I’ve come across a lot of inspiring women during my career in food and farming, especially in the corporate commercial sector. A good example within research and innovation would be from the first Innovate UK funded project I was involved with when working in the dairy industry. The project was about Novel Forage Proteins and the lead scientist was Dr Christina Marley of Aberystwyth University. Her scientific and practical knowledge of establishing, growing, harvesting, ensiling and feeding different forage crops was very impressive. However, it was her enthusiasm and ability to translate the science for impact with different audiences that was so infectious and impressive. Coincidentally, Aberystwyth University is one of CIEL’s academic partners, so I have the pleasure of now working with Dr Marley in a different capacity!
Nia Davies is the Managing Director of Davlec. Davlec, based in Powys, is an electronics manufacturer specialising in parlour automation equipment for the dairy industry. Nia has been Managing Director of Davlec for 18 years and is also a board member of Technology Connected.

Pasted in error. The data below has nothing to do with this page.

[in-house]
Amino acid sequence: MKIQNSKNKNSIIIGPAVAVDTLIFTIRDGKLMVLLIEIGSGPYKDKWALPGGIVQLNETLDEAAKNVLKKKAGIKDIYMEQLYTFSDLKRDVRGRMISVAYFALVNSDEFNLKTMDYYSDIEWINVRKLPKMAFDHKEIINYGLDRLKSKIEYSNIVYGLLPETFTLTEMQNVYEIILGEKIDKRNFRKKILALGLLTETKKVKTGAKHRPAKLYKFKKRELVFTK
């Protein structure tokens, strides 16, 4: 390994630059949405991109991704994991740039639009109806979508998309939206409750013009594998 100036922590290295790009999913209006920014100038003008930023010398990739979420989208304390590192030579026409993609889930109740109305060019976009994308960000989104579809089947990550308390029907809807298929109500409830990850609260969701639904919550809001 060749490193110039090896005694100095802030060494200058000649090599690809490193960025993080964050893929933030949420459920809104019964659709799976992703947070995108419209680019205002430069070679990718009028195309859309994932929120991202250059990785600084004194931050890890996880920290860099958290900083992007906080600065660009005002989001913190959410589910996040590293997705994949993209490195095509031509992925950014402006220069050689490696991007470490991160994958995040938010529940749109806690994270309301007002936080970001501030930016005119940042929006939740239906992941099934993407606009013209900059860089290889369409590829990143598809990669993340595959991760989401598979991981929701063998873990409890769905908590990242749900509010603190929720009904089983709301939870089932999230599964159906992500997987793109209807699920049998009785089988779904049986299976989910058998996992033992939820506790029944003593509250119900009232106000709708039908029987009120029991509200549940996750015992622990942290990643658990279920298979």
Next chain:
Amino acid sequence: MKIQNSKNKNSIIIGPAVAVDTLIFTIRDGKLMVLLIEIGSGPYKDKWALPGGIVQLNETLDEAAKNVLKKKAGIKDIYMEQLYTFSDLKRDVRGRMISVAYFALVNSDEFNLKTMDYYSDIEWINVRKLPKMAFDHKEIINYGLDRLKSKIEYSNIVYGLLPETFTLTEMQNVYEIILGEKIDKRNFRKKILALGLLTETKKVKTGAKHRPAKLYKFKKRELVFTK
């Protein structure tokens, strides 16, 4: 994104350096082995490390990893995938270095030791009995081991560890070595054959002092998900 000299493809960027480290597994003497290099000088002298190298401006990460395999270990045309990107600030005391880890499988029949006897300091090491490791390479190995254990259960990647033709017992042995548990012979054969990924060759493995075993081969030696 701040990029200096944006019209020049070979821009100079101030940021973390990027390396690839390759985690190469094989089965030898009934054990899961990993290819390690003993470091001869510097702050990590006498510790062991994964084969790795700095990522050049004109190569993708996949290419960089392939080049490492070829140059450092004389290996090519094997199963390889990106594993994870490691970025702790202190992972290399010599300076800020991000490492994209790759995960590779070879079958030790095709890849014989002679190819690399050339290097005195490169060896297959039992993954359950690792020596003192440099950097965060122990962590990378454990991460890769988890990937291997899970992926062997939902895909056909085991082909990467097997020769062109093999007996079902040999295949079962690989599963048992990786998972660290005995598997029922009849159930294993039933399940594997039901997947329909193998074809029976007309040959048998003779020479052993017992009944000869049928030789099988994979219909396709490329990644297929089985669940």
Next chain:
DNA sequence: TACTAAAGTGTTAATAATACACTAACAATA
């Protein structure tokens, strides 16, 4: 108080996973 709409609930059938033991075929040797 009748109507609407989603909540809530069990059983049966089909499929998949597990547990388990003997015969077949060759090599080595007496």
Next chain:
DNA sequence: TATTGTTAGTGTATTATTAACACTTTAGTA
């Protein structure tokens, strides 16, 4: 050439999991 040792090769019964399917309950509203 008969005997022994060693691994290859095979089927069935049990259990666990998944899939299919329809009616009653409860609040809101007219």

What is the importance of supporting girls and women in research and innovation?
Supporting girls and women in agritech is the difference between them doubting their contribution to advances in agriculture and them feeling empowered to embrace their achievements and make suggestions and improvements to benefit the entire industry. Making sure that women and girls feel heard by supporting them in their roles and connecting them to a network of likeminded women can make a huge difference to the level of contribution they are willing to make. We need to ensure that women and girls entering the industry for the first time know that there are plenty of us out there cheering them onto success.
Alison Wright is Research and Development Project Manager at B-Hive Innovations. B-hive Innovations, based in Lincolnshire, was created by Branston as a stand-alone agritech business to solve the real challenges facing the fresh produce industry. Alison previously spent 13 years in the Royal Air Force as a Mechanical Aircraft Engineer and as a member of the RAF Aerobatic Display team the Red Arrows. Since joining B-Hive Innovations, Alison has overseen the team grow to 16 employees, launched their first UK patented commercial product as a co-inventor and worked with project partners to successfully win innovation funding.